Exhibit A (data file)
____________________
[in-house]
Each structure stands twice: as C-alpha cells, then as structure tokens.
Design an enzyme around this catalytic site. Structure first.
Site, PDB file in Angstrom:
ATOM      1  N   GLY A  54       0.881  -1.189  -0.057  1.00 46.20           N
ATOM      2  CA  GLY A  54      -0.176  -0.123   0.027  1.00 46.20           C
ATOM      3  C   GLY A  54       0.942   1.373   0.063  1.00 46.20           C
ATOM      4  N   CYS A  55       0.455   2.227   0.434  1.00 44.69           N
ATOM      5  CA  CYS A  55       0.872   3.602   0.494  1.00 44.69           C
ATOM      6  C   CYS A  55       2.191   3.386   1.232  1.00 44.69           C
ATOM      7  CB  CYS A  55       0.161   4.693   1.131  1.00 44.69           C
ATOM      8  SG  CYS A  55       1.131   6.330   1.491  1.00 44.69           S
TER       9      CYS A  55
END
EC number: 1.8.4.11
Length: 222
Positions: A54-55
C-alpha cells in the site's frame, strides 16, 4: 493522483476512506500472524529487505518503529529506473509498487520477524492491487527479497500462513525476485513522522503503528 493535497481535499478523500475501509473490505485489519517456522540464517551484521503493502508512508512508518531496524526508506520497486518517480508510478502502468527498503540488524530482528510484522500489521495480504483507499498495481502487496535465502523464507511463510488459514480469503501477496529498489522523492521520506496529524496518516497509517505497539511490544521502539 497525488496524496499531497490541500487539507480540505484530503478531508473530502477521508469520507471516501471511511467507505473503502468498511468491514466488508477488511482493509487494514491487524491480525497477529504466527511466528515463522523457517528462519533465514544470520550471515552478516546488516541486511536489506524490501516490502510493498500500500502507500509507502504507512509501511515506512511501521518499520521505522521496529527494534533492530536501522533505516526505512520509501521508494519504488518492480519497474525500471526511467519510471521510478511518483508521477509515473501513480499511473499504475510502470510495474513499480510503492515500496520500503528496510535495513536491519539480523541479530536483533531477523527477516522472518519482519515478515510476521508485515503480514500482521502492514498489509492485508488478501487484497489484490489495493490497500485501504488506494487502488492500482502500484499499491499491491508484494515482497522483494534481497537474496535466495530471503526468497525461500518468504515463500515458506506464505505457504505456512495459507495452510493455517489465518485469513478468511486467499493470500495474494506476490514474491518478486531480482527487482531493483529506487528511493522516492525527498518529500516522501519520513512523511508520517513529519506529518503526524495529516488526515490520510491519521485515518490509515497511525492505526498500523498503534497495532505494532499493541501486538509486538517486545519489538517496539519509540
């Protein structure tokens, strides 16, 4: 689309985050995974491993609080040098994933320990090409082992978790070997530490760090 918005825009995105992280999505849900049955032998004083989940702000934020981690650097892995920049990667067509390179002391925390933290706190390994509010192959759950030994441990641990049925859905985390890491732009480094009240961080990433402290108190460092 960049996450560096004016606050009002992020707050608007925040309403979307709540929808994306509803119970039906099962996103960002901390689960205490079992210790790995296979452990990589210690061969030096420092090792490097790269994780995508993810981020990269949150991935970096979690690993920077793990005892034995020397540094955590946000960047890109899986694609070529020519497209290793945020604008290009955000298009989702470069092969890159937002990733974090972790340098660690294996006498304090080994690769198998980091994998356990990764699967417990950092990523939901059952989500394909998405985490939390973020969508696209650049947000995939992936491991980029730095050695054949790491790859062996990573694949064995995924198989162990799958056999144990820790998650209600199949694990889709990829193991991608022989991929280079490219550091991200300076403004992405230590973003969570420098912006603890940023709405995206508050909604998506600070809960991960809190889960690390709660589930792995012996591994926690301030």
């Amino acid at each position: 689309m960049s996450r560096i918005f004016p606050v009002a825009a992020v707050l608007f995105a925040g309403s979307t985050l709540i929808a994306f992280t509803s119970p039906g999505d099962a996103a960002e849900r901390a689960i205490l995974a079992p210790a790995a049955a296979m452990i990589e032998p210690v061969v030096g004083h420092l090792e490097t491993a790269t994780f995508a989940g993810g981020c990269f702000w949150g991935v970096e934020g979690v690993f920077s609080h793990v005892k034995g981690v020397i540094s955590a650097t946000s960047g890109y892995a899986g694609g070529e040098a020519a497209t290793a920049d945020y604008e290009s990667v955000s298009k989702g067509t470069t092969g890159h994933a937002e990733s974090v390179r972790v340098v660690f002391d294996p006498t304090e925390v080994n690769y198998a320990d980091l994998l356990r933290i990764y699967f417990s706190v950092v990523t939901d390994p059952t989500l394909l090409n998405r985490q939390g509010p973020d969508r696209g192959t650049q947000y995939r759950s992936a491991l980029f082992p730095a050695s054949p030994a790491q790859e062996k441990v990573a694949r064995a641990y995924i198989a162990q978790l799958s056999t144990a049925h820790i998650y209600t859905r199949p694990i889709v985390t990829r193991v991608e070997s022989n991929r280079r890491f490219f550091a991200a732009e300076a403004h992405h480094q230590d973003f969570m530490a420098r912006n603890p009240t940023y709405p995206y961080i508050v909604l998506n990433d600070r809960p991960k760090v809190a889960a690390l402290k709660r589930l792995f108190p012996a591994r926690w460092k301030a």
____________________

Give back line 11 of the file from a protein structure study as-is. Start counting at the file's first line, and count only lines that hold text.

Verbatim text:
ATOM      7  CB  CYS A  55       0.161   4.693   1.131  1.00 44.69           C